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DPChallenge Forums >> Challenge Results >> Critique would be appreciated
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05/19/2010 07:36:02 AM · #1
I was not expecting a high score and I don't think the image is a stunner, to me it is an average shot and I see a few things that could have been fixed in post processing! I am disappointed that I have not received much of a critique. So, would you comment on my pic?
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05/19/2010 08:07:32 AM · #2
my comment is with the origional challenge photo.
05/19/2010 08:11:04 AM · #3
For me there is too much to take in. Maybe without the blue rail and the blue in the upper rt corner to concentrate more on the building.
05/19/2010 08:14:48 AM · #4
I agree with mike. I gave it a 6, but would have given it one higher if the bridge wasn't seen.
05/19/2010 08:19:45 AM · #5
A beautiful landmark and often photographed! I like your version of it, but agree that the blue lines in the upper right are too much!
If you had stepped a bit to the left and tried to get the building without cutting it off and without getting that upper bridge part in it, it would have been much better!
The lower blue railing is very pretty, so are the recognizable hint of the Singapore-Flyer and the stars of the street lights!
(I voted 7)
05/19/2010 11:21:32 AM · #6
Thank you all. Does anyone feel that the horizon is tilted?
05/23/2010 03:51:57 PM · #7
Originally posted by maggieddd:

Thank you all. Does anyone feel that the horizon is tilted?


I don't have any negative impression of a horizon tilt. I felt the shot had perspective. I agree with everyone else that the primary distraction is the blue bridge truss.
05/23/2010 04:20:17 PM · #8
Composition seems a little awkward to me. Technically, I'd say the main subject is centered top to bottom and shoved over to the right too far. I also wonder how it might work as a b/w. That could make the interesting details of the building into the star of the shot, rather than the bold colors.

I didn't vote 100% and it didn't come up for me, or I'd tell you what I gave it.

Message edited by author 2010-05-23 16:21:06.
05/24/2010 07:41:29 AM · #9
Originally posted by maggieddd:

I am disappointed that I have not received much of a critique. So, would you comment on my pic?
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There is a lot to like about this image...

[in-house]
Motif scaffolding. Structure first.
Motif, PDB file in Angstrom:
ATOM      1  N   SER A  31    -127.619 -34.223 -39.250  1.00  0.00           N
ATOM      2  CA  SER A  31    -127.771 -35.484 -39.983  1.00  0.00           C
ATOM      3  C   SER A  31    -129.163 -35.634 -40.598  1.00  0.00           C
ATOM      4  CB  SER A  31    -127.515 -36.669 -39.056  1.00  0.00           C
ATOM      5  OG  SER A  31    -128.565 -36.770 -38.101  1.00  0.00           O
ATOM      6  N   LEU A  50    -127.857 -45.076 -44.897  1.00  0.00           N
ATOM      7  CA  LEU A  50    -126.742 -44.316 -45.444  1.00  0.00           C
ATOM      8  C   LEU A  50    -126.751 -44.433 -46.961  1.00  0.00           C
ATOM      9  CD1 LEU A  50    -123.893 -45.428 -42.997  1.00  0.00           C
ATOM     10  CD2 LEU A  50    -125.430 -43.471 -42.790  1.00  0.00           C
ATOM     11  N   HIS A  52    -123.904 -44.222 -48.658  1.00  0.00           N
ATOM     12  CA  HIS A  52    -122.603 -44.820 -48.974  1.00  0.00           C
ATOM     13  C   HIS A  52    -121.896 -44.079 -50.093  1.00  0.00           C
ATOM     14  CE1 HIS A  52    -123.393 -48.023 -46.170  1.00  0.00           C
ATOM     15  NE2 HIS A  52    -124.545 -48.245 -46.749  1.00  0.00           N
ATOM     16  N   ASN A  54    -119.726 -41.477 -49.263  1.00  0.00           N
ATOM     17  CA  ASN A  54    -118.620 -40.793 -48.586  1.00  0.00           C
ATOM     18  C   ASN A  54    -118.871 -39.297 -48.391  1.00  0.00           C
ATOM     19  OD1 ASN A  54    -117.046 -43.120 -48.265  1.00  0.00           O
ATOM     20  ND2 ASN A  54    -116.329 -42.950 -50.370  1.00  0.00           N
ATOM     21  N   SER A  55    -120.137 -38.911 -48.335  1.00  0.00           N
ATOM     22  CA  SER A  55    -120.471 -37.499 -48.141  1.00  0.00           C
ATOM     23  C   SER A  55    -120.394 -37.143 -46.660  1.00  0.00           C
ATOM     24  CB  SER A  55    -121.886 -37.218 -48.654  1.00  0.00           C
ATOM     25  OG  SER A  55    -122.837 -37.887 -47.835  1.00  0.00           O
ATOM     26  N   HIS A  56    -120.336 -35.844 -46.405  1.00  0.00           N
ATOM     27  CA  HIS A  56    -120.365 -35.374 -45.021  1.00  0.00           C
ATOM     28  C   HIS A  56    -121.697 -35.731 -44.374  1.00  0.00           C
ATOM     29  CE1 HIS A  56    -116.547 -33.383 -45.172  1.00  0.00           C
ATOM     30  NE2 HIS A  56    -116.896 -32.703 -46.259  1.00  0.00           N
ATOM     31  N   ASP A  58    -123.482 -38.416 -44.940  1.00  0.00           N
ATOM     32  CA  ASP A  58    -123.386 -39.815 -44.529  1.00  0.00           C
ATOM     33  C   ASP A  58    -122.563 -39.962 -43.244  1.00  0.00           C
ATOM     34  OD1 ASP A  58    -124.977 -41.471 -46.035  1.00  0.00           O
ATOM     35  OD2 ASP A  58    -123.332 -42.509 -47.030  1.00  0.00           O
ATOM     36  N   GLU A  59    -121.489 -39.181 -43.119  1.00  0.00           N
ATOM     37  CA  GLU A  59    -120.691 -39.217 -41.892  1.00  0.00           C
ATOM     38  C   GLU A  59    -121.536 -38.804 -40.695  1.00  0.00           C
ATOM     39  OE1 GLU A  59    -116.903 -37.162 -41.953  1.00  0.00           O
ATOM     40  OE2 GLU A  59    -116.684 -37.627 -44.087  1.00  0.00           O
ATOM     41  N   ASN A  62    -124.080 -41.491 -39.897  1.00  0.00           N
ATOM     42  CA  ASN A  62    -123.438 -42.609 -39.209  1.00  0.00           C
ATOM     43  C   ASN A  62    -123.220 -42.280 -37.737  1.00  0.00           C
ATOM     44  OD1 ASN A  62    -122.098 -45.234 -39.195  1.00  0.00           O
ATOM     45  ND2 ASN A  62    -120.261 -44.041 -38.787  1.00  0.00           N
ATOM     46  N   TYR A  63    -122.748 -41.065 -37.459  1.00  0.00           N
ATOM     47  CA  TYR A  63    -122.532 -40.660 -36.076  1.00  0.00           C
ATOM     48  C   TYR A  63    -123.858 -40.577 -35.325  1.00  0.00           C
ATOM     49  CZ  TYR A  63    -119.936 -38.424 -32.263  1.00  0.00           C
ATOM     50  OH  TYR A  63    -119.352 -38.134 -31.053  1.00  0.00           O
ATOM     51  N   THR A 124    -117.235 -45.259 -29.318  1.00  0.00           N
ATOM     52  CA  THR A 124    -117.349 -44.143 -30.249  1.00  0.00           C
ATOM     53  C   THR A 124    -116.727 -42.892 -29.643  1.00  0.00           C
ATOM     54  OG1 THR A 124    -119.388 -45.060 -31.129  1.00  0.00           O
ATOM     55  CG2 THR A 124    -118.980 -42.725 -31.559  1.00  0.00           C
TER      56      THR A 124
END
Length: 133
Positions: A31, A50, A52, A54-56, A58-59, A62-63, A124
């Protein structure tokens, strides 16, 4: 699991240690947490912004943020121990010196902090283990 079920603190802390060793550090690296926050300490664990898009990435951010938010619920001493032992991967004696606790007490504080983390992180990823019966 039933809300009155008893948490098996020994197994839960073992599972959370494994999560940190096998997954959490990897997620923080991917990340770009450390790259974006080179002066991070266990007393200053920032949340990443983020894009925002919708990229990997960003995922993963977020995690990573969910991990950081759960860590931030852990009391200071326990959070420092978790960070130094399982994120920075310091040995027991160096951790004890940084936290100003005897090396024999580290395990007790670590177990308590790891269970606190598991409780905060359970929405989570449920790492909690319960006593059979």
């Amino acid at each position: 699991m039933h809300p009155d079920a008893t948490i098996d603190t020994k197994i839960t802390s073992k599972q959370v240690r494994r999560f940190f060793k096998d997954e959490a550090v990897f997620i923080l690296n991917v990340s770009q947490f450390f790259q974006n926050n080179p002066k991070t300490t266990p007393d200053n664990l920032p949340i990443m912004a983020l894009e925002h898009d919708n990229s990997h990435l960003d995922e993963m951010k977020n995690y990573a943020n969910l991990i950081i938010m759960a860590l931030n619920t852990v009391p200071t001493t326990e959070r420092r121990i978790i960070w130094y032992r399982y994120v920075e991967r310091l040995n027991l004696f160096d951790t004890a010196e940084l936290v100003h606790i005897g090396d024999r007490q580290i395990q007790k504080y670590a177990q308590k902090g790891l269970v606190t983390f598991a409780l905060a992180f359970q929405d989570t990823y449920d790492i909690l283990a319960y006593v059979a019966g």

The main building is attractive and there is strong supportive BG interest in the frame, especially the moon shining through the tree of the left side which draws visual attention by its prominent placement within the frame. It is a great addition without competing to much with the building for viewer attention. The moon-tree inclusion is a great addition. The distant Ferris Wheel and star-patterned streetlights below the left-side tree also add nicely to the composition.

The Problem:
Clearly, as everyone else has remarked, the blue bridge support in the upper right, though pretty, competes to much for eye attention thus turns into an overall distraction in the composition. In essence, its inclusion makes the image to busy.

The Dilemma:
You faced a problem that most subjects don't have, there way to many interesting things present to work with. When that happens it is natural to want to include all of them as you've done here. Your dilemma is that the bridge with its great blue tones makes a great subject in its own right so you want the viewer to see it. But, unfortunately, including the bridge is the undoing of the image. It draws to much attention away from the building and competes so strongly for viewer attention that it makes the composition overly busy and confusing.

Suggestions:
Facing a dilemma like yours begs the question - How can I share all the great things I see with the viewer? The simple answer is to take more than one picture. In photography simplicity is often better and probably would be in this case.

For example, you could take one picture that highlights just the bridge with its great lines, railing and blue tones that uses the building as a more distance supportive BG object. In that image the building would act to add interest to the image much like the tree-moon adds to this one.

Another, and perhaps the strongest composition, would be to step closer to the edge and take the picture cutting out the bridge railing and support entirely from the framing. By removing the bridge you would include and highlight the superb reflection of the lighted building in the river below as VERY strong foreground support to the main subject. It would make a clean composition and you might be able to include the entire building to the left along with its nice leading line geometry.
06/15/2010 10:11:11 PM · #10
Simplify, and recompose. I can't disagree with the foregoing comments.
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